After playing at Marshall College (now Marshall University), Rivlin returned to his alma mater as a successful coach, leading their basketball squad, the Thundering Herd, to its first postseason appearance. He was named second team All-Century Marshall University in 1999.
Birth and Death Dates:
Born in West Virgina, Rivlin played his collegiate basketball at Marshall College, located in his homestate. A three-year starter, Rivlin scored 434 points during his sophomore season (1937-38), a school record that stood until 1945-46 as Marshall won the Buffalo Conference and had an overall record of 28-4. The following year, Rivlin was the second highest scorer in college basketball as Marshall repeated as conference champions and finished 22-5. Then, Rivlin became Marshall's first basketball All-American as a senior in 1940 as he led the Thundering Herd to a record of 25-4. He finished his career with 1,093 points, another school record (now surpassed).
After graduating, Rivlin turned professional and played in the National Basketball League with the Akron Goodyear Wingfoots in 1940-41. That year, he appeared in 21 games and scored 51 points as Akron finished the season with a record of 11-13 and in sixth place. During World War II, Rivlin, like many professional and college basketball players, played on service teams. Located in Wyoming at Fort Warren, Rivlin was named AAU All-America in 1943 (at the time, the professional-amateur rules were not as strictly enforced).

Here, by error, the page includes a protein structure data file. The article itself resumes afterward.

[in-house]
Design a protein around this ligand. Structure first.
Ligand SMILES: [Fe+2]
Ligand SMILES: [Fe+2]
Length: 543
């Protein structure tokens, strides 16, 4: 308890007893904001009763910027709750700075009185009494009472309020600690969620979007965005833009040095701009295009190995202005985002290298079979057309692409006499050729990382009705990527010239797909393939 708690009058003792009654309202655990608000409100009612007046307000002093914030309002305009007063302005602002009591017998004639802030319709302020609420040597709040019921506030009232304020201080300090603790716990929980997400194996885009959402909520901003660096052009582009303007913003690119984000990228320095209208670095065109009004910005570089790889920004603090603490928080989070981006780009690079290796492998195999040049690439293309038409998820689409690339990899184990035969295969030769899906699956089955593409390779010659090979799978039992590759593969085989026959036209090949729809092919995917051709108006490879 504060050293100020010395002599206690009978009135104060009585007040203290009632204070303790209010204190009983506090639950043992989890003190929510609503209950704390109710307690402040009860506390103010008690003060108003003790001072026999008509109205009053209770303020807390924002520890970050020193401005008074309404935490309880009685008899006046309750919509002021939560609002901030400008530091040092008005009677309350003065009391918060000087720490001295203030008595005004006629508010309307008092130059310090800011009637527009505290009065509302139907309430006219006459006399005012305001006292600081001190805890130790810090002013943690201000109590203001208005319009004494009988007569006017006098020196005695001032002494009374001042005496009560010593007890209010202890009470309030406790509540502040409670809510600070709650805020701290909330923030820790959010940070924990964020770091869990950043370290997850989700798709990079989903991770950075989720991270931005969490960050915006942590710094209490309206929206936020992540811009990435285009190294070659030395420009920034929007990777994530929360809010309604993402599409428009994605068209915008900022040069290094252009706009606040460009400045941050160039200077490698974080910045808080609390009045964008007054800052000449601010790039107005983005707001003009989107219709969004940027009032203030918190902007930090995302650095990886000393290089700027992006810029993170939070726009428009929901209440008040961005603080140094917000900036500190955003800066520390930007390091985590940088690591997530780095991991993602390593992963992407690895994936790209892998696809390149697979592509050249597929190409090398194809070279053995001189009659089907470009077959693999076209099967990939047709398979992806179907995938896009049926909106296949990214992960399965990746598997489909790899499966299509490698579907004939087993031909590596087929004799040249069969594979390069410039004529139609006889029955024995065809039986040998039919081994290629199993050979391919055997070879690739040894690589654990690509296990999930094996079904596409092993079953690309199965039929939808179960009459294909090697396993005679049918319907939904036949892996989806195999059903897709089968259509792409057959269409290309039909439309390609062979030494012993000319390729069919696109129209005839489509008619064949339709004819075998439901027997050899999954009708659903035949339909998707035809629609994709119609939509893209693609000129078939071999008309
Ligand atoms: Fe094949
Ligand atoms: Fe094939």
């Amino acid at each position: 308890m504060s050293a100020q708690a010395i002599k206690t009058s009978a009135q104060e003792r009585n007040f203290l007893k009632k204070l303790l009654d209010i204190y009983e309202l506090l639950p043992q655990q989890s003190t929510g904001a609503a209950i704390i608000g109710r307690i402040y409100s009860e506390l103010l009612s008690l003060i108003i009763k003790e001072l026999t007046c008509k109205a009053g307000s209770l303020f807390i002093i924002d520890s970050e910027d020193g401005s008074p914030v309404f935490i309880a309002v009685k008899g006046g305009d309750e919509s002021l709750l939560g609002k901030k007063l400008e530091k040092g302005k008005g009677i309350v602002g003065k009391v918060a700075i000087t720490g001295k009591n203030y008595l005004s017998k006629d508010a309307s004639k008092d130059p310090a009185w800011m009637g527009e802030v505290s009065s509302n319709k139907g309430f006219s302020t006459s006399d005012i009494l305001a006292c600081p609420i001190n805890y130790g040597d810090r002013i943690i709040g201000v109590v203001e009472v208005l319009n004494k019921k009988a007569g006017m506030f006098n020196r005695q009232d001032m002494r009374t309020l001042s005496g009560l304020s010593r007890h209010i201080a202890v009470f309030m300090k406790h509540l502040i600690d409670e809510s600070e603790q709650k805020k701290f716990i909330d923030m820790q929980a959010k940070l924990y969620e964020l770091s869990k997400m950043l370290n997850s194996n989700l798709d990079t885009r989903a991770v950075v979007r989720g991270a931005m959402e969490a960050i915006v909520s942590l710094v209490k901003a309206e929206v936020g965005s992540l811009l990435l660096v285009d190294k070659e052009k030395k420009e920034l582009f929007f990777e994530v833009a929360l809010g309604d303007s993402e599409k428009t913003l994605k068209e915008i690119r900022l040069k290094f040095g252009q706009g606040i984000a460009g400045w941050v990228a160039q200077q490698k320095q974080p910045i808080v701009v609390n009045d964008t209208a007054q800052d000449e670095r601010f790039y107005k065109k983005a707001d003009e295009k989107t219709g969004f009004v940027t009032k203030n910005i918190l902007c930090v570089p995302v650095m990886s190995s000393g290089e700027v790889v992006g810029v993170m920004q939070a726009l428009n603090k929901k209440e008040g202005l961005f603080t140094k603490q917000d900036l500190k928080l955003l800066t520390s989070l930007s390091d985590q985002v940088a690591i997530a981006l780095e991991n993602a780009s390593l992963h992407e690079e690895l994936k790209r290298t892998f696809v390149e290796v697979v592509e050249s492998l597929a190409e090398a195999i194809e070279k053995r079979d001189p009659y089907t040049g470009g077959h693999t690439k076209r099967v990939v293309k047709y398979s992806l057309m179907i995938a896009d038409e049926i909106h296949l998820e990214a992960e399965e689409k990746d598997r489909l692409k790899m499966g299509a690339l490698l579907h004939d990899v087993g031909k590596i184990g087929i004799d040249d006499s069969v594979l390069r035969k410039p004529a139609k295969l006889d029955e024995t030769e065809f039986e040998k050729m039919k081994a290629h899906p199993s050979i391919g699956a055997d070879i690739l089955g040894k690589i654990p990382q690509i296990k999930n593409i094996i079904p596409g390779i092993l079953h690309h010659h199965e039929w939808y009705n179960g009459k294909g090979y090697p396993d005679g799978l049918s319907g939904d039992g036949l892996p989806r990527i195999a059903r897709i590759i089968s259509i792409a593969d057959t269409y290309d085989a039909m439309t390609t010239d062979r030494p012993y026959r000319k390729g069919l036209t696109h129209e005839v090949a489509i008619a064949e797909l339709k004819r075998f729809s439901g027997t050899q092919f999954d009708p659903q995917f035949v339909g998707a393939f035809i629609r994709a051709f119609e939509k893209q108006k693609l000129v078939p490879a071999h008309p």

Following the war, Rivlin returned to the professional game in the NBL. In 1946-47, he was the player/coach for the Toledo Jeeps and appeared in 44 games (scoring 280 points) as the Jeeps finished the regular season with a record of 21-23 and in third place in the Eastern Division. In the playoffs, the Jeeps lost in the first round to the Fort Wayne Pistons, three games to two as Rivlin scored 27 points in the series. That same year, the Jeeps participated in the World Professional Basketball Tournament, a tournament consisting of league and independent teams (such as the Harlem Globetrotters). Rivlin was named MVP and first-team all tournament as the Jeeps surprised everyone and reached the final (in the semifinal, they upset the defending champion Pistons by a score of 61-56 as Rivlin scored seven points). The Jeeps lost in the final to the Indianapolis Kautskys, 62-47 as Rivlin was held scoreless.
Rivlin played one more season of professional basketball with the Jeeps in 1947-48 as the team finished 22-37. After his playing days, Rivlin returned to his alma mater and coached Marshall from 1955-63, earning a career record of 100-88. In 1956, he led the basketball team (led by future Hall of Famer Hal Greer) to an 18-4 record and the first Mid-American Conference championship. They were defeated by Morehead State 107-92 in the Herd's first appearance in the NCAA Tournament. In 1974, Julie coached Maccabi Union's basketball team to the Europe Maccabiah Games Championships. Rivlin was named second team All-Century Marshall University Basketball Team, and is a member of the West Virginia Sports Hall of Fame.
Wheeling, West Virginia
Rivlin played at Marshall College betweeb 1937-1940. He then played in the NBL with the Akron Goodyear Wingfoots, 1940-41, and the Toledo Jeeps, 1946-1948. Rivlin later coached at Marshall College from 1955-63.
Use links below to navigate through the basketball section of Jews In Sports.
encyclopedia of JEWS in sports, by Bernard Postal, Jesse Silver, and Roy Silver (New York: Bloch Publishing Co., 1965)
Ronald Encyclopedia of Basketball, edited by William G. Mokray (Ronald Press: 1962)
The Modern Encyclopedia of Basketball, edited by Zander Hollander (New York: Doubleday, 1979)
Chicago Tribune, April 9-11, 1947